that gcc is not needed after the package is compiled. For example,
  package net uses cgo for access to name resolution functions provided
  by libc. Although gcc is needed to compile package net, gcc is not
  needed to link programs that import package net.
  
  Runtime
  
  When using cgo, Go must not assume that it owns all details of the
  process. In particular it needs to coordinate with C in the use of
  threads and thread-local storage. The runtime package declares a few
  variables:
  
  	var (
  		iscgo             bool
  		_cgo_init         unsafe.Pointer
  		_cgo_thread_start unsafe.Pointer
  	)
  
  Any package using cgo imports "runtime/cgo", which provides
  initializations for these variables. It sets iscgo to true, _cgo_init
  to a gcc-compiled function that can be called early during program
  startup, and _cgo_thread_start to a gcc-compiled function that can be
  used to create a new thread, in place of the runtime's usual direct
  system calls.
  
  Internal and External Linking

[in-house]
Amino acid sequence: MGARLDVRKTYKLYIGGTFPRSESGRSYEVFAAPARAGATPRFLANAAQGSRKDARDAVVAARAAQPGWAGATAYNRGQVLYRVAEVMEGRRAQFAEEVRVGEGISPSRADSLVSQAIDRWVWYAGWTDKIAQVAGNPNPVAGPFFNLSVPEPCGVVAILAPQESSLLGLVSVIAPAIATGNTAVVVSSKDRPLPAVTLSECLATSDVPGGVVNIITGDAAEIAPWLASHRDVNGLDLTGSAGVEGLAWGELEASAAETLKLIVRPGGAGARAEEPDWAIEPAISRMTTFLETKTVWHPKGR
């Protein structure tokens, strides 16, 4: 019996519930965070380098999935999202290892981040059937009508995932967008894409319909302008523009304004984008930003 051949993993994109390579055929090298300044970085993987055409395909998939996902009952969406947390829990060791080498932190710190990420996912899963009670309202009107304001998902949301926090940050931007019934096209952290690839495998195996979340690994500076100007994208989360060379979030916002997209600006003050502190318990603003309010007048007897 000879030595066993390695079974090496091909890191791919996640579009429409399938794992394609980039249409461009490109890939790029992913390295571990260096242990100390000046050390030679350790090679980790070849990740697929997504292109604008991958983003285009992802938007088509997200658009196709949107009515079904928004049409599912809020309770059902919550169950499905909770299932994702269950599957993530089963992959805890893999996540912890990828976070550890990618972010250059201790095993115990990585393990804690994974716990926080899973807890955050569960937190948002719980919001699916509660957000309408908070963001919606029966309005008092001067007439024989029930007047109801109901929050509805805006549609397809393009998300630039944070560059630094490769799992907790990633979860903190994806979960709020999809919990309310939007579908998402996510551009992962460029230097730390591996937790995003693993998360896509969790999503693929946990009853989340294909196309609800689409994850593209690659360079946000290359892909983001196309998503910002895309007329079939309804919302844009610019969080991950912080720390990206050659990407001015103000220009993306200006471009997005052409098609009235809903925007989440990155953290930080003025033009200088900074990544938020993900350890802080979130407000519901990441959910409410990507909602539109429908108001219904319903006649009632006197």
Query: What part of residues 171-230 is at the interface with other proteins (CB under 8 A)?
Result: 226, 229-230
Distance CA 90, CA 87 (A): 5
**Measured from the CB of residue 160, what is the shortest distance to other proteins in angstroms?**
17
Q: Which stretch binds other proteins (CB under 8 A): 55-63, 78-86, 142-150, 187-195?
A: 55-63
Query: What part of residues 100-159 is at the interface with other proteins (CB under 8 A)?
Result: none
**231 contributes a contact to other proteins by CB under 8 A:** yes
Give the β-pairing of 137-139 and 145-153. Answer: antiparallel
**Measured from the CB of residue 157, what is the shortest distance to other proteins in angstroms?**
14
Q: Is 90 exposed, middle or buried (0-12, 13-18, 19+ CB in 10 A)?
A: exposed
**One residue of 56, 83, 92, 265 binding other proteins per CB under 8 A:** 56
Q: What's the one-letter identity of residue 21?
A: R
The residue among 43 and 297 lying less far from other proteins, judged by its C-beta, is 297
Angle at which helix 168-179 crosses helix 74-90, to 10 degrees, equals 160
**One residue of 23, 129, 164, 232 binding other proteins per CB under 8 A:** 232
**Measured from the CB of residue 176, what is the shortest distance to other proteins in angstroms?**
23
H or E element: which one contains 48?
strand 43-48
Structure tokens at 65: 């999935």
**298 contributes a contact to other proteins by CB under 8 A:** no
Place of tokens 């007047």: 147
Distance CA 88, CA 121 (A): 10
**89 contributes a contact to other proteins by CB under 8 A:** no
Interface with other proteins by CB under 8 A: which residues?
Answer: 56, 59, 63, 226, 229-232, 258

The text above describes "internal" linking, in which cmd/link parses and
  links host object files (ELF, Mach-O, PE, and so on) into the final
  executable itself. Keeping cmd/link simple means we cannot possibly
  implement the full semantics of the host linker, so the kinds of
  objects that can be linked directly into the binary is limited (other
  code can only be used as a dynamic library). On the other hand, when
  using internal linking, cmd/link can generate Go binaries by itself.
  
  In order to allow linking arbitrary object files without requiring
  dynamic libraries, cgo supports an "external" linking mode too. In
  external linking mode, cmd/link does not process any host object files.
  Instead, it collects all the Go code and writes a single go.o object
  file containing it. Then it invokes the host linker (usually gcc) to
  combine the go.o object file and any supporting non-Go code into a
  final executable. External linking avoids the dynamic library
  requirement but introduces a requirement that the host linker be
  present to create such a binary.
  
  Most builds both compile source code and invoke the linker to create a
  binary. When cgo is involved, the compile step already requires gcc, so
  it is not problematic for the link step to require gcc too.
  
  An important exception is builds using a pre-compiled copy of the
  standard library. In particular, package net uses cgo on most systems,
  and we want to preserve the ability to compile pure Go code that
  imports net without requiring gcc to be present at link time. (In this
  case, the dynamic library requirement is less significant, because the
  only library involved is libc.so, which can usually be assumed
  present.)